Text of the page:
Catarina Reis Carvalho


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    Contraception before and after abortion: what do women seek? – experience of an abortion referral centrecentre in Lisboa, Portugal.

    Catarina Reis Carvalho, Joaquim Neves, Raquel Gonçalves, Carlos Calhaz-Jorge
    Hospital Santa Maria, Centro Hospitalar Lisboa Norte, Lisboa, Portugal

    Introdution: Abortion by women’s request is one of the most commonly performed procedures in the world. The objective of this study was therefore to assess the choice of contraceptive method after abortion and the factors that may determine this choice.
    Methods: This was a retrospective cohort study based on a medical record review at one hospital in Portugal. We included 613 women who had an abortion in January 2015- March 2016. We conducted associations between age, number of previous abortions, educational status and receipt of contraception at the time of abortion.
    Results: Among the women included, the average age was 28 years (13-47), 47.3% nulliparous and 10.2% unemployed. Concerning obstetric history, 41.4% had a previous, voluntary abortion (1-8) with18.6% within the last five years. Previous to the abortion, 20.1 % had no contraception, 1.8% used natural methods, 22.2% barrier methods and 36.4% oral contraceptives.  When asked, 76% knew why the previous method failed, identifying the main cause as forgetfulness in taking oral contraceptives followed by voluntary suspension of the method. After the abortion, 19.2 % had no review consultation or refused counselling, without getting contraception or adopting their previous method, 14.9% preferred oral contraceptives and the majority (51%) chose long-acting reversible contraceptives (LARC). Women with a previous history of abortions seem to adhere less to later contraception and prefer oral contraceptives while the others prefer LARC (p=0.003). We found no association between age and educational status and contraceptive choice (p=1.12, p=0,67).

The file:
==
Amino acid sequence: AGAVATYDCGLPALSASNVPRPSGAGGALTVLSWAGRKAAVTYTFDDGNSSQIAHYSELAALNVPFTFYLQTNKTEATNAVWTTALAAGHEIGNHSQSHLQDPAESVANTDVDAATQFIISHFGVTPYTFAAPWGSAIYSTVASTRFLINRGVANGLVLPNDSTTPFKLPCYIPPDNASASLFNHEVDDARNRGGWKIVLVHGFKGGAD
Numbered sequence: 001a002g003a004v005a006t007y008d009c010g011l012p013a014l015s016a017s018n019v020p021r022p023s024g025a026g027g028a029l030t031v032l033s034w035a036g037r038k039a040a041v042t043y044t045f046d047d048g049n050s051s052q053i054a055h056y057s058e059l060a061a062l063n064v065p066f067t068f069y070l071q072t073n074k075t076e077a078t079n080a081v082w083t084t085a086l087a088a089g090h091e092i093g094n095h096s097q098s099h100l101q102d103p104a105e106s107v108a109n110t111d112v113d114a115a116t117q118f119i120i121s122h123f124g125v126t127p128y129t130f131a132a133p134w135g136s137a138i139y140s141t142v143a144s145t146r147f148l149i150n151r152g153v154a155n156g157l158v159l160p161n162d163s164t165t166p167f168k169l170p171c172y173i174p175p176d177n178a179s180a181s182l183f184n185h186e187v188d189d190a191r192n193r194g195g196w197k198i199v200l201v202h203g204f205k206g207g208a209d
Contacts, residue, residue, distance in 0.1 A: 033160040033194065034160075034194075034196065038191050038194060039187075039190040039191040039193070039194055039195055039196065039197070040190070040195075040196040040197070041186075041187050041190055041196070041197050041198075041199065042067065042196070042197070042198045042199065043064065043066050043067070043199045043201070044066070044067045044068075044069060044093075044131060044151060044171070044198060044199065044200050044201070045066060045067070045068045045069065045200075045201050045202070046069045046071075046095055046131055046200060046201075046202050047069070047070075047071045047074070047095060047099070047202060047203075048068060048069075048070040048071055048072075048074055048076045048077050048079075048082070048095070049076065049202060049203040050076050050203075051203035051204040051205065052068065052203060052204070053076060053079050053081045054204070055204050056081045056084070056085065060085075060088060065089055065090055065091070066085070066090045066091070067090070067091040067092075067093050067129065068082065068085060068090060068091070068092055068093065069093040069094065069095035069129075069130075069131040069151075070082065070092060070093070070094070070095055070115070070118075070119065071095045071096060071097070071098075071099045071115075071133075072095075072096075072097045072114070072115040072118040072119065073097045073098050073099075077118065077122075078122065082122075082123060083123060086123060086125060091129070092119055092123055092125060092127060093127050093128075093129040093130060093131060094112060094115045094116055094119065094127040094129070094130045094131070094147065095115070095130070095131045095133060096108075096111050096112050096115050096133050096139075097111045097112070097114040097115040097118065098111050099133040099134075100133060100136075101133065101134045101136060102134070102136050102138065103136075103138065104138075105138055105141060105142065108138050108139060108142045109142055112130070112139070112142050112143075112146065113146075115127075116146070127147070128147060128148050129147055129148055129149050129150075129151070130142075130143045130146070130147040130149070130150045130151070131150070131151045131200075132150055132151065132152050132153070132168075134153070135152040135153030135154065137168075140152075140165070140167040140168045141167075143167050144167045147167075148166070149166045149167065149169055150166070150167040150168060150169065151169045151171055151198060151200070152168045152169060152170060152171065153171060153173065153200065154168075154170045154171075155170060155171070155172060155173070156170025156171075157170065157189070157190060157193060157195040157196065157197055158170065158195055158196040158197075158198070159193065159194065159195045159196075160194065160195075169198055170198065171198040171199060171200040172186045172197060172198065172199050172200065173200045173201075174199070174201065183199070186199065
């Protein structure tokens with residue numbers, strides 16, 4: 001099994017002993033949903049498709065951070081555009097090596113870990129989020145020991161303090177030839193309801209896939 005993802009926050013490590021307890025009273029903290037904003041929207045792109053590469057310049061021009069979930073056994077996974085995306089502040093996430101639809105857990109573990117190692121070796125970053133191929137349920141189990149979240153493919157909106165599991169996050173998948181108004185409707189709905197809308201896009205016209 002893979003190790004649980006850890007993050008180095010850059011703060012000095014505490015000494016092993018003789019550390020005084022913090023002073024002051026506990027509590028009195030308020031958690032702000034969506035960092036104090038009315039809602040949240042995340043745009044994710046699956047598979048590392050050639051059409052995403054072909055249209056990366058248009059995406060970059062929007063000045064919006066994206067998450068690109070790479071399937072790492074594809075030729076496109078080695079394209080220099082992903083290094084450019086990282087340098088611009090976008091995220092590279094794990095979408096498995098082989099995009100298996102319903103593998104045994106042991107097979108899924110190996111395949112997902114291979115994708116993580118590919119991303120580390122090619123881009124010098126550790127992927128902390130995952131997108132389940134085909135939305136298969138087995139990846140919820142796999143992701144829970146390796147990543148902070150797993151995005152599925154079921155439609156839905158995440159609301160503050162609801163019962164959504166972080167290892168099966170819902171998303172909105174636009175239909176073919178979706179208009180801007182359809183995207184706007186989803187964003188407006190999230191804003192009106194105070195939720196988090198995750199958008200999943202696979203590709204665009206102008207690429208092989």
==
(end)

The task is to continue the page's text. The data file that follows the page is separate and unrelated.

Conclusions: Despite high access to contraceptive services, subsequent voluntary abortions are a reality. Education on contraception is an essential element of high-quality abortion care. Choosing LARC was popular for these women. A major limitation of this study is the short follow-up of the women. More studies are needed.